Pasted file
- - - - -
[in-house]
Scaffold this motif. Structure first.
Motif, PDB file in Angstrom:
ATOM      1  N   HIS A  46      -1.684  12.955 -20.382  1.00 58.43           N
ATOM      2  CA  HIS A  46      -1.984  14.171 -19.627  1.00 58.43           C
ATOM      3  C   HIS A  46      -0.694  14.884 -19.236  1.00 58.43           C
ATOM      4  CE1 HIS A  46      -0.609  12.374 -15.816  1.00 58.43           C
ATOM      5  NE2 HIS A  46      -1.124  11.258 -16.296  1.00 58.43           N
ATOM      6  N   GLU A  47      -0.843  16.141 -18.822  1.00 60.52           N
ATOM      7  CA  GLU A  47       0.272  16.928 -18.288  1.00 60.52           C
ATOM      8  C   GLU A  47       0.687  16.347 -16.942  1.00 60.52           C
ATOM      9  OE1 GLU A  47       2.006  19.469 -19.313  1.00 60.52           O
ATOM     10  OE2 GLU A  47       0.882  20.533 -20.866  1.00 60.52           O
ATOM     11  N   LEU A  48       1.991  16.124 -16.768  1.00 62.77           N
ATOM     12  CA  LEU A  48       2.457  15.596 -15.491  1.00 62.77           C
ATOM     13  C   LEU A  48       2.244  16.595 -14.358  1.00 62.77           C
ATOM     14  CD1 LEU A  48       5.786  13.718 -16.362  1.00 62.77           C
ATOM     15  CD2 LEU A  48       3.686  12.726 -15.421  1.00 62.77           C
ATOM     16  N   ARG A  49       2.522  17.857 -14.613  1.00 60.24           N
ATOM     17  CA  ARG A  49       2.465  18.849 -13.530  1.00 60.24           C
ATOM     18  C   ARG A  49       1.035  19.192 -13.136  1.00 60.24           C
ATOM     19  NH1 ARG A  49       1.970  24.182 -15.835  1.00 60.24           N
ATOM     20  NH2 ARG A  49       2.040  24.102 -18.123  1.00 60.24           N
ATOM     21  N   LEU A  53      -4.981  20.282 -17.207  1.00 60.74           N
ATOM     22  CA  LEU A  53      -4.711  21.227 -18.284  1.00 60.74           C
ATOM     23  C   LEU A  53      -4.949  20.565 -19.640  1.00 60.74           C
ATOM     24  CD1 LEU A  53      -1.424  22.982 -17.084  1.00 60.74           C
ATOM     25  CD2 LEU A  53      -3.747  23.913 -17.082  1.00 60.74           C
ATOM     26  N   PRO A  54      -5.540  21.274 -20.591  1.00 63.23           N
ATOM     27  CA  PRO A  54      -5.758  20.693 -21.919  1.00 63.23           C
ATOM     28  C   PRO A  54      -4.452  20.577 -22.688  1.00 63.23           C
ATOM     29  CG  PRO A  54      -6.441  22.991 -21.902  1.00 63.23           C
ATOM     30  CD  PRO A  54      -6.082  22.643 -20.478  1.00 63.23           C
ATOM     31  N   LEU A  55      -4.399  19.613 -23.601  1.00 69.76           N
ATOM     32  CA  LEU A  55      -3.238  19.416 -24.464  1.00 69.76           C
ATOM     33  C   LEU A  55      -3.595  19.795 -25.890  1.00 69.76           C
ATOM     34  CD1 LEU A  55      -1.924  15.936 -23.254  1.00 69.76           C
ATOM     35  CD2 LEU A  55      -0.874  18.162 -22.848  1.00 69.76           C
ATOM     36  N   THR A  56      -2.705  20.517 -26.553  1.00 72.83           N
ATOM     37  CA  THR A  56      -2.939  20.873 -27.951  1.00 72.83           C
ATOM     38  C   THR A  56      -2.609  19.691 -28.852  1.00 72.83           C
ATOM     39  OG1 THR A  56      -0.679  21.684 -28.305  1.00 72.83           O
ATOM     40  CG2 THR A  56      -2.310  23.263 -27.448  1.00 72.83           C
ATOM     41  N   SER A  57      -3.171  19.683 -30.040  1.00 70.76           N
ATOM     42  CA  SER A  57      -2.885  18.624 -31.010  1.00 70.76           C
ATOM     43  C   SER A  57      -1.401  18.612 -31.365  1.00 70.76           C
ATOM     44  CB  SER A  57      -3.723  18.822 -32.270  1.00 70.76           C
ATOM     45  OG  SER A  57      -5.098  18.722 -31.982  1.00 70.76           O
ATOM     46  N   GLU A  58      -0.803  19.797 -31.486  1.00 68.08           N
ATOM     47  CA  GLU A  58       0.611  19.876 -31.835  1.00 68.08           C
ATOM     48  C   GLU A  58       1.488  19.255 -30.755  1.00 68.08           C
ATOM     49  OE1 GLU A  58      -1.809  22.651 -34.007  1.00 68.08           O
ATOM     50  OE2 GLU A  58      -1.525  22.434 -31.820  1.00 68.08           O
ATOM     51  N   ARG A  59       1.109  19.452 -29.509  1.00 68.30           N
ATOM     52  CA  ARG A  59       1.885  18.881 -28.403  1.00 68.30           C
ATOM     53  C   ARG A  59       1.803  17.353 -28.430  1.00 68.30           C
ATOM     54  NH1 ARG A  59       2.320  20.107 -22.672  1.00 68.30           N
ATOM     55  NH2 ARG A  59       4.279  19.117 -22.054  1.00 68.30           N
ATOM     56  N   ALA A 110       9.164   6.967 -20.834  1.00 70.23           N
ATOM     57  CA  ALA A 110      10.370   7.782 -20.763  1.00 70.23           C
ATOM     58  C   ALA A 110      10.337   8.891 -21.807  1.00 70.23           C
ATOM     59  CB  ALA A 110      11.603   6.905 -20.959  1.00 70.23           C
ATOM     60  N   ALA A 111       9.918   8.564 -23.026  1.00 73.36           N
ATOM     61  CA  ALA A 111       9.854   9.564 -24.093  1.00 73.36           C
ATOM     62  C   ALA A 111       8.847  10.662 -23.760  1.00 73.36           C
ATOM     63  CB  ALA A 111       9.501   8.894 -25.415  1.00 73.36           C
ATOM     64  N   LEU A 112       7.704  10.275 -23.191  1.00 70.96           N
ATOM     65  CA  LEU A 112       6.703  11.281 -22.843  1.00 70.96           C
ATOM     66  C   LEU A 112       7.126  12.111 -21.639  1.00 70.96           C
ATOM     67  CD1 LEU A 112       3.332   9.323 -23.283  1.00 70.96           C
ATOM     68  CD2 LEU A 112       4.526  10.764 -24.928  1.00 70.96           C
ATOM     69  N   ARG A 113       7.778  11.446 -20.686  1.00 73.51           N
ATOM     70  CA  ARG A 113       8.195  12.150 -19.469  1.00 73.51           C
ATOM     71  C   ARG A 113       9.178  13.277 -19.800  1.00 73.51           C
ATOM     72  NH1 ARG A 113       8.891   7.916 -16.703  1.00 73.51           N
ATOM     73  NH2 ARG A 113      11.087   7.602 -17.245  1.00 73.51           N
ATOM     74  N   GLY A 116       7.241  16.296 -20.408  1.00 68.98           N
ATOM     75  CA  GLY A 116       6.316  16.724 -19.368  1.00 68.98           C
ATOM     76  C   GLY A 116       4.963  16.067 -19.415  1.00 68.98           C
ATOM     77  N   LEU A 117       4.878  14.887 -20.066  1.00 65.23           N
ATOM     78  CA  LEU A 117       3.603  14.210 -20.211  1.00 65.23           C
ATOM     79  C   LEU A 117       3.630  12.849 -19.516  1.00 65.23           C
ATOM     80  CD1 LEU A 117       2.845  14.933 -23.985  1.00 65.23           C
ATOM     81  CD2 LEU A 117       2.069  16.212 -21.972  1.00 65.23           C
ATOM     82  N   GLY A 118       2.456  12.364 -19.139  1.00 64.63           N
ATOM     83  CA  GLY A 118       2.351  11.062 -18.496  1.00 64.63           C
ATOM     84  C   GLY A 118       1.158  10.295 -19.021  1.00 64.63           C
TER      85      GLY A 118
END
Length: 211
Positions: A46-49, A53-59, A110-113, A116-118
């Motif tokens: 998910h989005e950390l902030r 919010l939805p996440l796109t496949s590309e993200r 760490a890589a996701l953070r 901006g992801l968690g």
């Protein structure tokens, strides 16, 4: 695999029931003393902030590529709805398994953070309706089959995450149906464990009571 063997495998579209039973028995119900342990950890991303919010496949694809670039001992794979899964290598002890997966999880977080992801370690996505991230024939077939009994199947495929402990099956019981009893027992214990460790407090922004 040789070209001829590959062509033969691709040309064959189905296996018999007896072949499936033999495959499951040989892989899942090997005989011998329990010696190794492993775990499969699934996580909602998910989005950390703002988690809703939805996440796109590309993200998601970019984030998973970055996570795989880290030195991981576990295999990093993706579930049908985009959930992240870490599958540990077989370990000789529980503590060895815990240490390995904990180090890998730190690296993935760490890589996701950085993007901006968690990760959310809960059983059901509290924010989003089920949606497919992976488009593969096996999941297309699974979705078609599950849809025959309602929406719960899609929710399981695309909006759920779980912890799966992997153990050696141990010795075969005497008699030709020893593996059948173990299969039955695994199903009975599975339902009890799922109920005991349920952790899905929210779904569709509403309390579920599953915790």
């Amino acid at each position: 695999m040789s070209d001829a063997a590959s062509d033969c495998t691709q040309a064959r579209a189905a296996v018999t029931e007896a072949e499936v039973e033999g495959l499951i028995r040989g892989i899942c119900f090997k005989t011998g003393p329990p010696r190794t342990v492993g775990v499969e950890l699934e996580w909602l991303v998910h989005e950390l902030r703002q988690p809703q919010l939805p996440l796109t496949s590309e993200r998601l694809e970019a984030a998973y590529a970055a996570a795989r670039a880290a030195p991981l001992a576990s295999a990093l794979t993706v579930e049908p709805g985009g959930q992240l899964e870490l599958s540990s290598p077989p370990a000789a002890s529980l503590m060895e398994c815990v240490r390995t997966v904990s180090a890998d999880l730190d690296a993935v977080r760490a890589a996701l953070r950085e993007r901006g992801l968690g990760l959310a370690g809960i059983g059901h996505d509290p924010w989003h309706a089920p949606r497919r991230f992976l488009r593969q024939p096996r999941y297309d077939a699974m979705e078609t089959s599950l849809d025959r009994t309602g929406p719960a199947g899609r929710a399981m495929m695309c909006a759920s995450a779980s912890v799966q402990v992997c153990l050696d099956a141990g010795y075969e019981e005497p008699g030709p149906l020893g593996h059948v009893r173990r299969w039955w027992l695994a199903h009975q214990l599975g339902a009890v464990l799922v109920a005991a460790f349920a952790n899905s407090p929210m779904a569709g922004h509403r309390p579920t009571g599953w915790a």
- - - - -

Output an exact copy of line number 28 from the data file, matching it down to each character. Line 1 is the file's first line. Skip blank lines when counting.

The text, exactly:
ATOM     25  CD2 LEU A  53      -3.747  23.913 -17.082  1.00 60.74           C